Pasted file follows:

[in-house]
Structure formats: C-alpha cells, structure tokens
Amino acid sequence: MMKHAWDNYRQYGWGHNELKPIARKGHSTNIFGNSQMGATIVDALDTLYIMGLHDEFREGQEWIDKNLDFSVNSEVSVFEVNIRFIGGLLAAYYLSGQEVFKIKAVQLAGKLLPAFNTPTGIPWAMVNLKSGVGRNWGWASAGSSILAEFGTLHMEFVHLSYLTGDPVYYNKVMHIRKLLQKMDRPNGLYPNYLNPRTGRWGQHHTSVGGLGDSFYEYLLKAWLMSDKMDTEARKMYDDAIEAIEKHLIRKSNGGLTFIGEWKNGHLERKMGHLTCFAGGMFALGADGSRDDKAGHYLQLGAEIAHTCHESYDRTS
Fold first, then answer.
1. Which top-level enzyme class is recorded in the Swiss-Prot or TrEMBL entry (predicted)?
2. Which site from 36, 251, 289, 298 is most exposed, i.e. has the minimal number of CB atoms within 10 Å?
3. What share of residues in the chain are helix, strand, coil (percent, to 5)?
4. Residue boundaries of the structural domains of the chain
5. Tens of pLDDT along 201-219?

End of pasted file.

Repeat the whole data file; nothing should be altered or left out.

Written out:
[in-house]
Structure formats: C-alpha cells, structure tokens
Amino acid sequence: MMKHAWDNYRQYGWGHNELKPIARKGHSTNIFGNSQMGATIVDALDTLYIMGLHDEFREGQEWIDKNLDFSVNSEVSVFEVNIRFIGGLLAAYYLSGQEVFKIKAVQLAGKLLPAFNTPTGIPWAMVNLKSGVGRNWGWASAGSSILAEFGTLHMEFVHLSYLTGDPVYYNKVMHIRKLLQKMDRPNGLYPNYLNPRTGRWGQHHTSVGGLGDSFYEYLLKAWLMSDKMDTEARKMYDDAIEAIEKHLIRKSNGGLTFIGEWKNGHLERKMGHLTCFAGGMFALGADGSRDDKAGHYLQLGAEIAHTCHESYDRTS
Fold first, then answer.
1. Which top-level enzyme class is recorded in the Swiss-Prot or TrEMBL entry (predicted)?
2. Which site from 36, 251, 289, 298 is most exposed, i.e. has the minimal number of CB atoms within 10 Å?
3. What share of residues in the chain are helix, strand, coil (percent, to 5)?
4. Residue boundaries of the structural domains of the chain
5. Tens of pLDDT along 201-219?